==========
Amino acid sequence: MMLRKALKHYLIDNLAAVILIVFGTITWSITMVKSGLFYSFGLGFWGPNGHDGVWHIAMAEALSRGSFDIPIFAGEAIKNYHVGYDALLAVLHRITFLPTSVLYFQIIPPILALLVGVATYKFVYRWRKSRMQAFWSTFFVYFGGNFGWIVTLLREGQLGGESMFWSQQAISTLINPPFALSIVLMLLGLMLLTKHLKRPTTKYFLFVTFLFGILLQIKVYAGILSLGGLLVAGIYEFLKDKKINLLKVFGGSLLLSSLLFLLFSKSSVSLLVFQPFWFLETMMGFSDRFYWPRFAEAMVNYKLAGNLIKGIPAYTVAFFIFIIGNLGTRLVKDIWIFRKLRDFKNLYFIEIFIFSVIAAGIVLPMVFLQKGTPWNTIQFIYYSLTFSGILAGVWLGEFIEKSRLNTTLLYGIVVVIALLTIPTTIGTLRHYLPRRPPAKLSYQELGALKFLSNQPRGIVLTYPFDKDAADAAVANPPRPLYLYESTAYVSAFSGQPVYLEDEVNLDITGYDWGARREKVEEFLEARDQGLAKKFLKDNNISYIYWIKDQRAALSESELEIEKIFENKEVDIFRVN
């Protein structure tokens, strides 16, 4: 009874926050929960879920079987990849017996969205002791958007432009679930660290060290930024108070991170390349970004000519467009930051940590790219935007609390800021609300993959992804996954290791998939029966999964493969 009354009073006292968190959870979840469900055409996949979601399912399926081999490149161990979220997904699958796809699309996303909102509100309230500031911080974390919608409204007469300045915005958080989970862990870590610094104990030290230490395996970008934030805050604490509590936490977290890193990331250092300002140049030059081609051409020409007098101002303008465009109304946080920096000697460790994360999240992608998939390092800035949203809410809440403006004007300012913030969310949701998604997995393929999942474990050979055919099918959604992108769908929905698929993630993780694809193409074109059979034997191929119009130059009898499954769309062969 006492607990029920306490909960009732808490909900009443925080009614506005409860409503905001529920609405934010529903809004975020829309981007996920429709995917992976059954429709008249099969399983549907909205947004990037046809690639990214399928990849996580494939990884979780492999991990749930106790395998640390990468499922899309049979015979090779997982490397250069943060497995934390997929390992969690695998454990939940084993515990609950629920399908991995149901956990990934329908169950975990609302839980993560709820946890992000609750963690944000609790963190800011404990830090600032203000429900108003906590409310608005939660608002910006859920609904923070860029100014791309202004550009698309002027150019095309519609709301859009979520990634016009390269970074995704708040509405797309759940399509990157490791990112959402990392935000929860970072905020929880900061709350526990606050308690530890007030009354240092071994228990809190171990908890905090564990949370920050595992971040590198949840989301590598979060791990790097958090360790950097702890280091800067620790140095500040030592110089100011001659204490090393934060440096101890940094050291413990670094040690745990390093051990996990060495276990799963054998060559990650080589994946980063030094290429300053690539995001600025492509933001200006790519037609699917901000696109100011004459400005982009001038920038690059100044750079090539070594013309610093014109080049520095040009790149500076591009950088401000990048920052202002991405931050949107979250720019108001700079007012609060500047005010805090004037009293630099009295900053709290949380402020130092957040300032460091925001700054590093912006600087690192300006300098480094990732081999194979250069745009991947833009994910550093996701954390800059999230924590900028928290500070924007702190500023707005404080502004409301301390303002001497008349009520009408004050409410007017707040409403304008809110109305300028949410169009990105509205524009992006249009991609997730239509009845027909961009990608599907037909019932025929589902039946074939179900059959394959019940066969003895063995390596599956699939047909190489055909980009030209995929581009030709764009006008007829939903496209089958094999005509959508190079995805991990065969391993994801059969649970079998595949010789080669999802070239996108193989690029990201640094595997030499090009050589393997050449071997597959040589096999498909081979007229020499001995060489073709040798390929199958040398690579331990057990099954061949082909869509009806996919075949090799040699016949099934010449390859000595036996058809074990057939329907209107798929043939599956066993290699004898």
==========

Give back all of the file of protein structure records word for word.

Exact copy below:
Amino acid sequence: MMLRKALKHYLIDNLAAVILIVFGTITWSITMVKSGLFYSFGLGFWGPNGHDGVWHIAMAEALSRGSFDIPIFAGEAIKNYHVGYDALLAVLHRITFLPTSVLYFQIIPPILALLVGVATYKFVYRWRKSRMQAFWSTFFVYFGGNFGWIVTLLREGQLGGESMFWSQQAISTLINPPFALSIVLMLLGLMLLTKHLKRPTTKYFLFVTFLFGILLQIKVYAGILSLGGLLVAGIYEFLKDKKINLLKVFGGSLLLSSLLFLLFSKSSVSLLVFQPFWFLETMMGFSDRFYWPRFAEAMVNYKLAGNLIKGIPAYTVAFFIFIIGNLGTRLVKDIWIFRKLRDFKNLYFIEIFIFSVIAAGIVLPMVFLQKGTPWNTIQFIYYSLTFSGILAGVWLGEFIEKSRLNTTLLYGIVVVIALLTIPTTIGTLRHYLPRRPPAKLSYQELGALKFLSNQPRGIVLTYPFDKDAADAAVANPPRPLYLYESTAYVSAFSGQPVYLEDEVNLDITGYDWGARREKVEEFLEARDQGLAKKFLKDNNISYIYWIKDQRAALSESELEIEKIFENKEVDIFRVN
């Protein structure tokens, strides 16, 4: 009874926050929960879920079987990849017996969205002791958007432009679930660290060290930024108070991170390349970004000519467009930051940590790219935007609390800021609300993959992804996954290791998939029966999964493969 009354009073006292968190959870979840469900055409996949979601399912399926081999490149161990979220997904699958796809699309996303909102509100309230500031911080974390919608409204007469300045915005958080989970862990870590610094104990030290230490395996970008934030805050604490509590936490977290890193990331250092300002140049030059081609051409020409007098101002303008465009109304946080920096000697460790994360999240992608998939390092800035949203809410809440403006004007300012913030969310949701998604997995393929999942474990050979055919099918959604992108769908929905698929993630993780694809193409074109059979034997191929119009130059009898499954769309062969 006492607990029920306490909960009732808490909900009443925080009614506005409860409503905001529920609405934010529903809004975020829309981007996920429709995917992976059954429709008249099969399983549907909205947004990037046809690639990214399928990849996580494939990884979780492999991990749930106790395998640390990468499922899309049979015979090779997982490397250069943060497995934390997929390992969690695998454990939940084993515990609950629920399908991995149901956990990934329908169950975990609302839980993560709820946890992000609750963690944000609790963190800011404990830090600032203000429900108003906590409310608005939660608002910006859920609904923070860029100014791309202004550009698309002027150019095309519609709301859009979520990634016009390269970074995704708040509405797309759940399509990157490791990112959402990392935000929860970072905020929880900061709350526990606050308690530890007030009354240092071994228990809190171990908890905090564990949370920050595992971040590198949840989301590598979060791990790097958090360790950097702890280091800067620790140095500040030592110089100011001659204490090393934060440096101890940094050291413990670094040690745990390093051990996990060495276990799963054998060559990650080589994946980063030094290429300053690539995001600025492509933001200006790519037609699917901000696109100011004459400005982009001038920038690059100044750079090539070594013309610093014109080049520095040009790149500076591009950088401000990048920052202002991405931050949107979250720019108001700079007012609060500047005010805090004037009293630099009295900053709290949380402020130092957040300032460091925001700054590093912006600087690192300006300098480094990732081999194979250069745009991947833009994910550093996701954390800059999230924590900028928290500070924007702190500023707005404080502004409301301390303002001497008349009520009408004050409410007017707040409403304008809110109305300028949410169009990105509205524009992006249009991609997730239509009845027909961009990608599907037909019932025929589902039946074939179900059959394959019940066969003895063995390596599956699939047909190489055909980009030209995929581009030709764009006008007829939903496209089958094999005509959508190079995805991990065969391993994801059969649970079998595949010789080669999802070239996108193989690029990201640094595997030499090009050589393997050449071997597959040589096999498909081979007229020499001995060489073709040798390929199958040398690579331990057990099954061949082909869509009806996919075949090799040699016949099934010449390859000595036996058809074990057939329907209107798929043939599956066993290699004898």